No one likes to lose a customer. At the same time I’ve lost count of the number of business owners who tell me one day how much their customers love them, and come back the next week to bemoan the fact that they’ve just lost another loyal customer.
Customer retention is vital for your business. It costs approximately five times as much to attract a new customer as it does to keep your existing customers. In addition, if you are looking to sell your business or looking for investors to provide capital for your business customer retention and lifetime customer value are among the two most important numbers that increase the value of your business.
Retaining customers starts with how you begin your relationship with them …
When asked, most people said the reason they left a business or service provider was because they felt unappreciated or un-cared for. I think most of us can identify with that. Whether it is in business, social, or other circles if we feel irrelevant or unnecessary we start to look around at other options. It’s one of those basic human drives we all experience – to feel needed and to serve others.
When you think about it in this context, it’s easier to see why some customers leave us and what we can do to make that less common. Of course, there will always be customers who are just not a good fit for you and the sooner both parties recognise that the better for both of you.
Here are five key areas to focus on at the start of your relationship that will ensure that both you and your customer have a long and productive relationship:-
- Build a relationship
Very few businesses are exclusively transactional. Service businesses are really not transactional at all they are about relationship and value.
Right from the start you need to build a relationship with your customers and in many cases that will have started while they are still prospects the best way to build a relationship is through communication. That could be phone calls, emails, direct mail… It could be automated or personal or a combination. The exact format depends on your business.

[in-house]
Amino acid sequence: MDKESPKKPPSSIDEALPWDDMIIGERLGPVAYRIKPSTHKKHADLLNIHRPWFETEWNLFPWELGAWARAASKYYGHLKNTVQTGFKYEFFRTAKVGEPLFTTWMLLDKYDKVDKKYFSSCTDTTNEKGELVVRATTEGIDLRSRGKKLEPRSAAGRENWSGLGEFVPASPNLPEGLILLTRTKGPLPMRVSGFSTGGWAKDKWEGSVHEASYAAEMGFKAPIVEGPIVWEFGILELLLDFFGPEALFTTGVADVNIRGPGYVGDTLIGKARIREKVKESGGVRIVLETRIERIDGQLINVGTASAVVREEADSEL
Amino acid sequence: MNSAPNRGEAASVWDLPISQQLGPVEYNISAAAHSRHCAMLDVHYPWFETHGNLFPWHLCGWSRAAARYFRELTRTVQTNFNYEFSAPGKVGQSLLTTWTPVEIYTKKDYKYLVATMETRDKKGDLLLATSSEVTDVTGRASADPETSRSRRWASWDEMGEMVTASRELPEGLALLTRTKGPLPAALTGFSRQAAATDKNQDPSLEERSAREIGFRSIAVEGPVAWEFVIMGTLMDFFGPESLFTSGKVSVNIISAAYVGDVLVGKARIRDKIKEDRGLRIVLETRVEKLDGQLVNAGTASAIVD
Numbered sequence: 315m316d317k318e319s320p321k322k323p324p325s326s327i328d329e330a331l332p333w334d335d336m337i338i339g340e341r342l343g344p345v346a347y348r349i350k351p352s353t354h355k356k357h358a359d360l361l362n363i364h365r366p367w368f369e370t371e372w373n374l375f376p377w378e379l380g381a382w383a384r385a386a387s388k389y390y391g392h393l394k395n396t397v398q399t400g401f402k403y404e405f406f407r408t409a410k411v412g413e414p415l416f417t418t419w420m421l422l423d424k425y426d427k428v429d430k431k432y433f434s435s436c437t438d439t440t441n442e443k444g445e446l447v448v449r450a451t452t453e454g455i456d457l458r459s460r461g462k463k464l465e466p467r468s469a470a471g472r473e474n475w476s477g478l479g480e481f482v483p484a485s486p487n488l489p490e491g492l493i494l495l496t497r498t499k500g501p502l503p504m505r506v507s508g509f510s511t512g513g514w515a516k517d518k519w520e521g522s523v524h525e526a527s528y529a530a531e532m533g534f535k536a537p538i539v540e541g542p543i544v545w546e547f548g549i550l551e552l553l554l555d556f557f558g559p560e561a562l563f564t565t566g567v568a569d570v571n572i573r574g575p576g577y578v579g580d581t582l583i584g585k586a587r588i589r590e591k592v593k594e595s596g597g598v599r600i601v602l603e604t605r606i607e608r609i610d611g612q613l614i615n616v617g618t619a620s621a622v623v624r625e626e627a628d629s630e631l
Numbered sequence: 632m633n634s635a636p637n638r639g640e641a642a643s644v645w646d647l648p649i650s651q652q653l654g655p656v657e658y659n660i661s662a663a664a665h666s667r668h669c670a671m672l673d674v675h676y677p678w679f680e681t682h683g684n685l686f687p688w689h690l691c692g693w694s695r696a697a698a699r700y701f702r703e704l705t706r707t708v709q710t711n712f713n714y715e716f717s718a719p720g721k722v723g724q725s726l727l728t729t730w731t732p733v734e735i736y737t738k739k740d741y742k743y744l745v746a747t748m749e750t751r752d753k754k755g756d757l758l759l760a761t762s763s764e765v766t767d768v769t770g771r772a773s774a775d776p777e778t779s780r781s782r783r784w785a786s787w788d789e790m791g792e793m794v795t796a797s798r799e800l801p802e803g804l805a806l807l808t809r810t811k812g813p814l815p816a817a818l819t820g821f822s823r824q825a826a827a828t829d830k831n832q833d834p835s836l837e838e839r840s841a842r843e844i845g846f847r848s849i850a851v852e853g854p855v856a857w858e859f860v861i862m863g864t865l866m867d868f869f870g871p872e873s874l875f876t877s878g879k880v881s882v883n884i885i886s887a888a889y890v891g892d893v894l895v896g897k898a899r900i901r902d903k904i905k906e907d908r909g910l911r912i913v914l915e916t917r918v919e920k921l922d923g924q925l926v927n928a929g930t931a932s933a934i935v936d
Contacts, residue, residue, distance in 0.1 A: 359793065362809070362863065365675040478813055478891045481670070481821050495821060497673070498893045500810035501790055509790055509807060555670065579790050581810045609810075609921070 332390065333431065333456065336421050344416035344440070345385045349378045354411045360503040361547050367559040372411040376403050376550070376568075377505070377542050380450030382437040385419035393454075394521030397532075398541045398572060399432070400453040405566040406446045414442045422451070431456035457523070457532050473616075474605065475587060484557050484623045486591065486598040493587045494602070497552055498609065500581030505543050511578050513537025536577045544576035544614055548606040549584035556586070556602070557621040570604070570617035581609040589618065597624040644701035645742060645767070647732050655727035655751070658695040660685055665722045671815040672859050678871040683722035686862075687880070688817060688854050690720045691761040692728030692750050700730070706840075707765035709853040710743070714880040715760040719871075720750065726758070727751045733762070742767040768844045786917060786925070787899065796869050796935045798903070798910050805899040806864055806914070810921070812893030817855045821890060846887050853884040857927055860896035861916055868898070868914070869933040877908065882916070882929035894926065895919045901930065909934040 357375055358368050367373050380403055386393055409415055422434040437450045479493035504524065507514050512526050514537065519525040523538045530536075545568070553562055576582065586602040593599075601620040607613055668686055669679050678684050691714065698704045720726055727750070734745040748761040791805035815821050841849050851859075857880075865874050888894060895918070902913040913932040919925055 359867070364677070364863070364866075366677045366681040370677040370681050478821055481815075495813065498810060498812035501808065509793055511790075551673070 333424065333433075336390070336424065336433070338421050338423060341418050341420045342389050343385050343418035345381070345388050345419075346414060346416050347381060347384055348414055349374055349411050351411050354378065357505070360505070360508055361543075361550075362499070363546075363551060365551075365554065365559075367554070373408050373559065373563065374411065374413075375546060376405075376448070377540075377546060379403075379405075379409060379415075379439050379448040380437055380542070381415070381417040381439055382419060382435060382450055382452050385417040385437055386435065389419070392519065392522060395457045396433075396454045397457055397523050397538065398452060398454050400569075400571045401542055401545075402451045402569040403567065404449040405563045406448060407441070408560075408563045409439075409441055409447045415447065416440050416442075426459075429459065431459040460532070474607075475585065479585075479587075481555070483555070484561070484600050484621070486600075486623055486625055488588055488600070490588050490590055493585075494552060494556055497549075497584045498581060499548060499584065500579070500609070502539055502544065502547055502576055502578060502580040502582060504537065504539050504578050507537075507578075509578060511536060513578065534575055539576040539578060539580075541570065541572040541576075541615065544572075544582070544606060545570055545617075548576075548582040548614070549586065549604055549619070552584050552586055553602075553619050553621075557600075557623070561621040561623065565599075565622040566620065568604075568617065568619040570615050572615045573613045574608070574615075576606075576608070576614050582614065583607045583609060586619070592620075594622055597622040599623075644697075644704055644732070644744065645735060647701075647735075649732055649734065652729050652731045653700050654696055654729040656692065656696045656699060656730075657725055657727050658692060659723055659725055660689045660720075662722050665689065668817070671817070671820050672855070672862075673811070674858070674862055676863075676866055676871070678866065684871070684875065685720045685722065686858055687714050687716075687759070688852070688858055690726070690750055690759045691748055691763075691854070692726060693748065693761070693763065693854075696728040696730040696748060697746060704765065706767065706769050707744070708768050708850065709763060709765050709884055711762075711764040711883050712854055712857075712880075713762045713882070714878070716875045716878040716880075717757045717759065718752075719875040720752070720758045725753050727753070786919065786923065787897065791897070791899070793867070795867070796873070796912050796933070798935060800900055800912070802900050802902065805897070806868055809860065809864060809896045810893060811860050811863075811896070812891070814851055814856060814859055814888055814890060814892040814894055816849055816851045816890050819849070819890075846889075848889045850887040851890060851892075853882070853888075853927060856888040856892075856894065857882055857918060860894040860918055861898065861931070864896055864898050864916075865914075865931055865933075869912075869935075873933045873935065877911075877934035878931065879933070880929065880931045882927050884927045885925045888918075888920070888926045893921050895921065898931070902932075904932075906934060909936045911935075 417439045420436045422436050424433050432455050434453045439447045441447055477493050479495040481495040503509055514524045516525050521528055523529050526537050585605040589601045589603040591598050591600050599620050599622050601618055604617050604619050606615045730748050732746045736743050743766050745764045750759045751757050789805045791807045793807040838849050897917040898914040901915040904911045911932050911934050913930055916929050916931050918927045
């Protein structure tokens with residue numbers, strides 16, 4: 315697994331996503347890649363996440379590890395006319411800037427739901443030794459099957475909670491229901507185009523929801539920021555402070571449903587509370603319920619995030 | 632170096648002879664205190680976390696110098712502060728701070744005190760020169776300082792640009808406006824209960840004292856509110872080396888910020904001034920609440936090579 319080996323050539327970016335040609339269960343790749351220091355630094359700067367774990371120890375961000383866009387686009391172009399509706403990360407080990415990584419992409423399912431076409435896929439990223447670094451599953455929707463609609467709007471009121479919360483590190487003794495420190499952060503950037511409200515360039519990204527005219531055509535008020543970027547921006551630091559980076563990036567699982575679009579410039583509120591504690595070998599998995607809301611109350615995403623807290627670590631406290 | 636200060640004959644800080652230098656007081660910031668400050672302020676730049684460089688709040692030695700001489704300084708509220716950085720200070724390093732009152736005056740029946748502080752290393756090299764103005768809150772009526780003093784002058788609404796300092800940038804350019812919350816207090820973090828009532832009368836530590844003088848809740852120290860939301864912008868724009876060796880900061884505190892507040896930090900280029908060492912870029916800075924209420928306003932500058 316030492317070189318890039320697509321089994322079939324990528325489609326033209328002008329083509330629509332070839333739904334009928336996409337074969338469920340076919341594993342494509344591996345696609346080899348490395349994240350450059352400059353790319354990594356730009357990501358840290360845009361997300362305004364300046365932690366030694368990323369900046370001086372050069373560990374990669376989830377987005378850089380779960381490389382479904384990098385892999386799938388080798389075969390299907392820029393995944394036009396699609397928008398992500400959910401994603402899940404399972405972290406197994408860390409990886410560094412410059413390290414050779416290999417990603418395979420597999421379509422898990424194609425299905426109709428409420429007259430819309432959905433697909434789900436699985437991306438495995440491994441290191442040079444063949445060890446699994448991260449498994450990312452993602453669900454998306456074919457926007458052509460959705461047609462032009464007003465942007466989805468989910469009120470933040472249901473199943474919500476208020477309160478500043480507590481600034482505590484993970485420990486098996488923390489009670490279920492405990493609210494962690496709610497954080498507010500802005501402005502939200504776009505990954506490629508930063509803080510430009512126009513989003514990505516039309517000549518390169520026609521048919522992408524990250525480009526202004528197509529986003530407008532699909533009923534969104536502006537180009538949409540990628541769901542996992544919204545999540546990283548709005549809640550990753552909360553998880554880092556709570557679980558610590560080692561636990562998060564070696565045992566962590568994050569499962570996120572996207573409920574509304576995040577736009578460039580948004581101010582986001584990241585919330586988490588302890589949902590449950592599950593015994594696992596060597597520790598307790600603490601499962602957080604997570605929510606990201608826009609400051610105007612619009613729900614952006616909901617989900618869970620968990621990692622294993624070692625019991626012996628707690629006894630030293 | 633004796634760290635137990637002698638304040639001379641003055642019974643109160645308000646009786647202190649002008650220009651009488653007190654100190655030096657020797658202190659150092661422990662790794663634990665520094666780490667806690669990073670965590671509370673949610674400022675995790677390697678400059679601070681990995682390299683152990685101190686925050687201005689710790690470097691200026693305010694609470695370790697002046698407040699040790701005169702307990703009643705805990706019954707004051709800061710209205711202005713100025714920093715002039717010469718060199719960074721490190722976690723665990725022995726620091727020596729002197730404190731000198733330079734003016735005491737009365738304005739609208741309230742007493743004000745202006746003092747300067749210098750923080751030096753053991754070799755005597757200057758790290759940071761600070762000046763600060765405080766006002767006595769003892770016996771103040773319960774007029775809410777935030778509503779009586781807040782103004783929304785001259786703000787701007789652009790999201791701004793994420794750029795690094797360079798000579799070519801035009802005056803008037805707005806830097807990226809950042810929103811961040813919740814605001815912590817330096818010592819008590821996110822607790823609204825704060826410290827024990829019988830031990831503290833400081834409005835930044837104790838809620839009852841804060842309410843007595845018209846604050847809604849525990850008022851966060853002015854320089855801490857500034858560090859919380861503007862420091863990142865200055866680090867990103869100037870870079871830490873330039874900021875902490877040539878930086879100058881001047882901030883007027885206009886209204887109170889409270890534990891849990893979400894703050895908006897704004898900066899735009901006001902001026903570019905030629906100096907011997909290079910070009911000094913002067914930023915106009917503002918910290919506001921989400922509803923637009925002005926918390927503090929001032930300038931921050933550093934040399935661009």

Either way communication is vital and it is your responsibility to initiate such communication and to make sure that it leads your new customer to understand you better and to appreciate you more.
Automated introductory email sequences are great for this … as long as they are engaging and value-based. I’ve found that when you introduce every prospect to your business in this way they feel at home as soon as you plug them into your regular sequence, especially if your regular emails provide value (N.B. Entertainment is also value!) as well as sales.
- Resell them on the value of your service
Even though a customer has already bought your product or service (by definition a customer is someone who has bought from you) you still need to remind them of the value you offer. Everyone has second thoughts. It’s better to acknowledge this reality to yourself and to gently remind your prospects why they made the decision they did.
Stick letters, videos, or phone calls are ideal, but you can also use email to check that everything is going well and that their expectations are being met.
- Provide direction so they don’t get lost, overwhelmed, or confused
This is especially important if you are providing some kind of course or training but you’d be surprised how much difference it makes when people are buying a simple service. Manage your customers expectations well at this stage and you will continue to build trust and confidence so that they feel especially comfortable.
- Inspire them
They bought your product or service for a reason. They invested their money to get a result. Remind them of that vision, help them to see outcomes, and inspire them to believe that they can achieve it.
The outcome you offered them may be a simpler route and a faster way of doing a task they are already doing; or it may be learning something; or it could be simply knowing that you are taking care of their accounting or other aspect.
- Motivate them to action and make it easy to succeed
Most purchases involve your customer actually doing something. Maybe it requires them to fill out a questionnaire, or make an appointment or complete some task. Whatever that first action consists of, motivate your clients to complete it as quickly as possible and make sure that it is relatively simple. If the task is time-consuming or requires great effort then encourage them and help them along the way.One of the first things my new clients need to do is complete a questionnaire. This can be quite overwhelming because some of the questions are things the business owner has not considered before. I ask them to tackle as many of the questions as possible and then schedule a face-to-face meeting or a phone interview to complete the rest of it. This gives them a deadline as well as the confidence that I am there to help them.
When we start by building a relationship with our customers and actually treating them with the respect and care they deserve, and we consistently build that relationship over time then the only reason they will leave us is because they have found a business that delivers a better product or service.
That puts customer retention largely within our control.